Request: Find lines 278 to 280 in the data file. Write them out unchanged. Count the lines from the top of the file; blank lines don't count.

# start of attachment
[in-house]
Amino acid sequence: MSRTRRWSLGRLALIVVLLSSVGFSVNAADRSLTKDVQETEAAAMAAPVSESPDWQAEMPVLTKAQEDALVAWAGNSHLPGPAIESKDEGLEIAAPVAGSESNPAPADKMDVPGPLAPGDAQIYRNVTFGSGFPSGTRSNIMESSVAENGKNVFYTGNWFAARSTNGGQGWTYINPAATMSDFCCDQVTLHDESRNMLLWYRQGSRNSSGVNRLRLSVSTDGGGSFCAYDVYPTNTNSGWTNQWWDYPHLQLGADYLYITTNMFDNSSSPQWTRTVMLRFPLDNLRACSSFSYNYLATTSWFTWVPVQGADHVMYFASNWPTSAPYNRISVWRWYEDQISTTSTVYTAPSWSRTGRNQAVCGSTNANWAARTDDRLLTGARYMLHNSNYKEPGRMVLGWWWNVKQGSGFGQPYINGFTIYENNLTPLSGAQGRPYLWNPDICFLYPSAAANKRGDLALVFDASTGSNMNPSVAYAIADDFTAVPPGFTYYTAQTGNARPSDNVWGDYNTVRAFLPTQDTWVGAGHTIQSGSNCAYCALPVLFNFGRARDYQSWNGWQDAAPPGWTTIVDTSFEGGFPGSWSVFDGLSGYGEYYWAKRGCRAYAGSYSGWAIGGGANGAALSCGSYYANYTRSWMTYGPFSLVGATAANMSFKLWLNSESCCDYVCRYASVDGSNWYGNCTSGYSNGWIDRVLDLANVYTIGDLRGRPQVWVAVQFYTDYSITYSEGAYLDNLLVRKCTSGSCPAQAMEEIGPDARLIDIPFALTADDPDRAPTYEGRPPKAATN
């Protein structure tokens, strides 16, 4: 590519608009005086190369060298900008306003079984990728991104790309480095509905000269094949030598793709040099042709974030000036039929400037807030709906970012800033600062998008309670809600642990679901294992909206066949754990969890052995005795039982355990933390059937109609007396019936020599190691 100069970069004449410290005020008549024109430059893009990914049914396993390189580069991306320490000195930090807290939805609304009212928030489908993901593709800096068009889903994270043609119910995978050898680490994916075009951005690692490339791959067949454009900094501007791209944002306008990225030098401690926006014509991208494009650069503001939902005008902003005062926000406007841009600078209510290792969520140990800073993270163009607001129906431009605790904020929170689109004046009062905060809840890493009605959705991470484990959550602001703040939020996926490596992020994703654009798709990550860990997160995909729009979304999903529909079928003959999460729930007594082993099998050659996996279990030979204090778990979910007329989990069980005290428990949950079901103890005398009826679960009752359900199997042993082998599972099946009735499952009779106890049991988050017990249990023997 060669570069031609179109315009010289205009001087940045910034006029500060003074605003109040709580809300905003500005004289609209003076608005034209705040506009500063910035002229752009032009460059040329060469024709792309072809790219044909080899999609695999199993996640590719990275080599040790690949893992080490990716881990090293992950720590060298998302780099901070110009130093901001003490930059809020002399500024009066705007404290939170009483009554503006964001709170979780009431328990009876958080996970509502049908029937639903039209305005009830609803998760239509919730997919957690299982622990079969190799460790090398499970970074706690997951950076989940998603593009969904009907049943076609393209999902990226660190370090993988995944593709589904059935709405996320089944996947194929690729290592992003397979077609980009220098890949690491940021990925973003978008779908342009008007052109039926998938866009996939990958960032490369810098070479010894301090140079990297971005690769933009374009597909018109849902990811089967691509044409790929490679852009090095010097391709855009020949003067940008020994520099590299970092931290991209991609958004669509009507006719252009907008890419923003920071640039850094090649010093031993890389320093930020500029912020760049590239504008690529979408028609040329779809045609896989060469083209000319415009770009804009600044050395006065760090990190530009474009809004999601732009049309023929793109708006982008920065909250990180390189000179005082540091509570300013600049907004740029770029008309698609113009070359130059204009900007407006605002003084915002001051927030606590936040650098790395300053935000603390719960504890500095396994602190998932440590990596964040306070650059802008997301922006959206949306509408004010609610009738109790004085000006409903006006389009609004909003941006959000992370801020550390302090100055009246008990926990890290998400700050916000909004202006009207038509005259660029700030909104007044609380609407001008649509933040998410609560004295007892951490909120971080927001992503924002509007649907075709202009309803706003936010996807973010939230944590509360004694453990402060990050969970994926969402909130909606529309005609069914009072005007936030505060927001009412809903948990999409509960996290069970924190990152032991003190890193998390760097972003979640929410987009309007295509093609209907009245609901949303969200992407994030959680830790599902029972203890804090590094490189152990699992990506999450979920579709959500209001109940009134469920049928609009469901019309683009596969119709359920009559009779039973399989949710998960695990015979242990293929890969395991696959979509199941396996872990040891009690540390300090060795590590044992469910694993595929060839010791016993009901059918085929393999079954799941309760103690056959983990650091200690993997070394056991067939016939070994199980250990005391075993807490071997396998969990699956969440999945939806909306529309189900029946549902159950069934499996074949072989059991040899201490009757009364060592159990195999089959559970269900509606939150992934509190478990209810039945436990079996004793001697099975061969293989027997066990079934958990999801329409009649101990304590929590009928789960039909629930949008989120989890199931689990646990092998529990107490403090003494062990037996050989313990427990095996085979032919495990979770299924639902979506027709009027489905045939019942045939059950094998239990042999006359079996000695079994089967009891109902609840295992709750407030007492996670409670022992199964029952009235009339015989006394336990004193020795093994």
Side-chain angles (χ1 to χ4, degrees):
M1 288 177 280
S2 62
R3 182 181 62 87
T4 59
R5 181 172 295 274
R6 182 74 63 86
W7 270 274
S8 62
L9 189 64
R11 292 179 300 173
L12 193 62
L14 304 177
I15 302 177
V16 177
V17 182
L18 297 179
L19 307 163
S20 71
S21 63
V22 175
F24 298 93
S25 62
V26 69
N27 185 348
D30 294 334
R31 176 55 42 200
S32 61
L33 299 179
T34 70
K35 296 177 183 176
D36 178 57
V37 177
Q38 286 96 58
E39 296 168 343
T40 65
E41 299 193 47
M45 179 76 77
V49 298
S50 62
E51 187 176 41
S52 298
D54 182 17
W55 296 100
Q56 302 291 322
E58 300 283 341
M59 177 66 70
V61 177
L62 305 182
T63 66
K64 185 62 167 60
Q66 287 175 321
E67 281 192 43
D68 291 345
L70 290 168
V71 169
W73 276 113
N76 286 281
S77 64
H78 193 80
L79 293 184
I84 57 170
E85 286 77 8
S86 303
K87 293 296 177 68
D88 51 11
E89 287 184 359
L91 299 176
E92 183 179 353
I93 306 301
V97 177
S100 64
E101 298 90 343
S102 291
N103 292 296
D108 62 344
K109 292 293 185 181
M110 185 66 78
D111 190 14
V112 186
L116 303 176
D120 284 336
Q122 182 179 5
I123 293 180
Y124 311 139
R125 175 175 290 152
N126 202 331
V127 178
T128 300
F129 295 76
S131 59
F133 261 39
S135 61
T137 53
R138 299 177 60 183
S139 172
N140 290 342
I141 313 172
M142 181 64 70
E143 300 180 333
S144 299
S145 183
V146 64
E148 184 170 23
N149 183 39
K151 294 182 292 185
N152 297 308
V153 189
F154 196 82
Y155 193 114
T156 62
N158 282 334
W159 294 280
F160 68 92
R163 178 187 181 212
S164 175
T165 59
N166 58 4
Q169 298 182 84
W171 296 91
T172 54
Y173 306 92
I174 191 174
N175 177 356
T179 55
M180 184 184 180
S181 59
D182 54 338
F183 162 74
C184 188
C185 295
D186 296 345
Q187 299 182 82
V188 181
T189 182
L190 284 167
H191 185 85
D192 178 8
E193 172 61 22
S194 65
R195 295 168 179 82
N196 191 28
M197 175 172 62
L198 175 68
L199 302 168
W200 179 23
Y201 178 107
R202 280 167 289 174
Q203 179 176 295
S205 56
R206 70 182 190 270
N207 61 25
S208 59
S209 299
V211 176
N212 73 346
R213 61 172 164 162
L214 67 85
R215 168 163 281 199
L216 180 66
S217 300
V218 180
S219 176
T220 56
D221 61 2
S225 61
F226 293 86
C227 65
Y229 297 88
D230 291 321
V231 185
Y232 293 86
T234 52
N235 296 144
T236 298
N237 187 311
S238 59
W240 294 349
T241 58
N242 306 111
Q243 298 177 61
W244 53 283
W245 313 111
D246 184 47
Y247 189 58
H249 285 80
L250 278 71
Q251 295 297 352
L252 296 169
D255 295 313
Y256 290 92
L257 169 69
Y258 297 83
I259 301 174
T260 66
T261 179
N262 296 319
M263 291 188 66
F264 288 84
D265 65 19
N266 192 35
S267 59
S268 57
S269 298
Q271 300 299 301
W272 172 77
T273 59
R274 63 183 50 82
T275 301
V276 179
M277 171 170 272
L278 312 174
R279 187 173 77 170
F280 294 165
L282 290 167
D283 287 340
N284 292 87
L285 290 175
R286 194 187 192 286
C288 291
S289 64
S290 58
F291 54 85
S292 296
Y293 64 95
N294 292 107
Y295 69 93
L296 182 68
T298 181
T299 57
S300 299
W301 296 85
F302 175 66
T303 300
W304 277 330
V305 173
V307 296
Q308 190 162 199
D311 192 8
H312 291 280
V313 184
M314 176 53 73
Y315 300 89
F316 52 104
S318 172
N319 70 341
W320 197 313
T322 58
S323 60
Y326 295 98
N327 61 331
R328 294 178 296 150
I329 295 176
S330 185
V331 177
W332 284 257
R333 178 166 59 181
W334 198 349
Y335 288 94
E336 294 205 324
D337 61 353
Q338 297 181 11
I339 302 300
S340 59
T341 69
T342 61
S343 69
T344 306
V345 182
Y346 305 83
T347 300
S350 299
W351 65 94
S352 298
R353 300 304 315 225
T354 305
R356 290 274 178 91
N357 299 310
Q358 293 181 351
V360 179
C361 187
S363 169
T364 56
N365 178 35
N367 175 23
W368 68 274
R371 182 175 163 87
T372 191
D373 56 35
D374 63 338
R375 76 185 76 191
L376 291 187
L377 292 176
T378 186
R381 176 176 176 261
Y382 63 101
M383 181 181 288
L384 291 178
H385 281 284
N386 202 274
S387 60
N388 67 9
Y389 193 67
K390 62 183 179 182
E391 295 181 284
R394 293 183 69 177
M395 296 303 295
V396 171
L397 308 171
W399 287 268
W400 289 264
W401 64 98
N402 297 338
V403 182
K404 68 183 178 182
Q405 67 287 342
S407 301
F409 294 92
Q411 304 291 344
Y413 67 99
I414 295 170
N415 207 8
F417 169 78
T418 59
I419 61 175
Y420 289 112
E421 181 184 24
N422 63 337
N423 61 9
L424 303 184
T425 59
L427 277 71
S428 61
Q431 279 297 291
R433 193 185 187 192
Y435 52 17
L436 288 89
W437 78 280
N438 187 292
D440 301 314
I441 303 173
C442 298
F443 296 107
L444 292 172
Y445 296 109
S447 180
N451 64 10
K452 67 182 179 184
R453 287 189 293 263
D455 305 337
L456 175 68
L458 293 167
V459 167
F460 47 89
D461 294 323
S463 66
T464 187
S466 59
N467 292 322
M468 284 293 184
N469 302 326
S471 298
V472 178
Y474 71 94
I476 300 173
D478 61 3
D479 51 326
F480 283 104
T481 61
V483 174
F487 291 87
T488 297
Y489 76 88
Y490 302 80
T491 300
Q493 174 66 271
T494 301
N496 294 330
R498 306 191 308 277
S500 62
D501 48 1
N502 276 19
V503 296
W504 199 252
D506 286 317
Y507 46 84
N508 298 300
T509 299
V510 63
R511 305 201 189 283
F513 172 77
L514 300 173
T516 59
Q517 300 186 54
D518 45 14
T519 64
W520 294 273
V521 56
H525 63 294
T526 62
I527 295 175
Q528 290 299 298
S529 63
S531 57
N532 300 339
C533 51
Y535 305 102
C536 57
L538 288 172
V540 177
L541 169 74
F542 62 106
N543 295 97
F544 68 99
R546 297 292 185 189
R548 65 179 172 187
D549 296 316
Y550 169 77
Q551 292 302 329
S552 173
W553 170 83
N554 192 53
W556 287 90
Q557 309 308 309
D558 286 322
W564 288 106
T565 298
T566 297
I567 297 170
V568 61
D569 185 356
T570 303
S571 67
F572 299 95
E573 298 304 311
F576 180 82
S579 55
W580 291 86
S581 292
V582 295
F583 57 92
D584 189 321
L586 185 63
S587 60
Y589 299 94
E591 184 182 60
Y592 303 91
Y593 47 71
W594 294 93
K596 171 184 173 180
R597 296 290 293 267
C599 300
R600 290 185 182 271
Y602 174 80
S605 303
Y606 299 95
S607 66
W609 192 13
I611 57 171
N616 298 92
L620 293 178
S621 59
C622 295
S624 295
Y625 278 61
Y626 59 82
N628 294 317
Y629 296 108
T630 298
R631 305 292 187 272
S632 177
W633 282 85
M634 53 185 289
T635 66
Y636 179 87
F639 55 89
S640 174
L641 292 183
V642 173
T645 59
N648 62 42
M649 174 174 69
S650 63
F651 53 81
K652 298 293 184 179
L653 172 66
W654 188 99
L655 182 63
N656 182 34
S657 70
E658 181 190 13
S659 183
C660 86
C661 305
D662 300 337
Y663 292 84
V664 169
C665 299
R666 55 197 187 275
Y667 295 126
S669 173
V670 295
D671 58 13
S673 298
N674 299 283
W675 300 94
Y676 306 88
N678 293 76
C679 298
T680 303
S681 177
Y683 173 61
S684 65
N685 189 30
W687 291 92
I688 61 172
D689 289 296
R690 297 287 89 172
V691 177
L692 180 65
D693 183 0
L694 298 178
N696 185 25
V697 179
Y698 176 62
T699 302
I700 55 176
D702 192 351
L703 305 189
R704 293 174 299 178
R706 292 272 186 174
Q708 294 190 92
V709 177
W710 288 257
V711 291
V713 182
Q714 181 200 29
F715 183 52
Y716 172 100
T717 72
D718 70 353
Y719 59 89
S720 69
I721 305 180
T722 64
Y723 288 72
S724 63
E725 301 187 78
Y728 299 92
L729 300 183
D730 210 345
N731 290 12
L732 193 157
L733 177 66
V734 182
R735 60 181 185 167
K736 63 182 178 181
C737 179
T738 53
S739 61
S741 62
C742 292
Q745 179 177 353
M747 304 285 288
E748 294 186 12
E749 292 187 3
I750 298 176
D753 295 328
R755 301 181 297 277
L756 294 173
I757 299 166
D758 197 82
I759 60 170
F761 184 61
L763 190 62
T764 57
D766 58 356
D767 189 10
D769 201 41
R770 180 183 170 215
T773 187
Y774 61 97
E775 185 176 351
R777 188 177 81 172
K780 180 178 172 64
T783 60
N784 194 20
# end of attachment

R353 300 304 315 225
T354 305
R356 290 274 178 91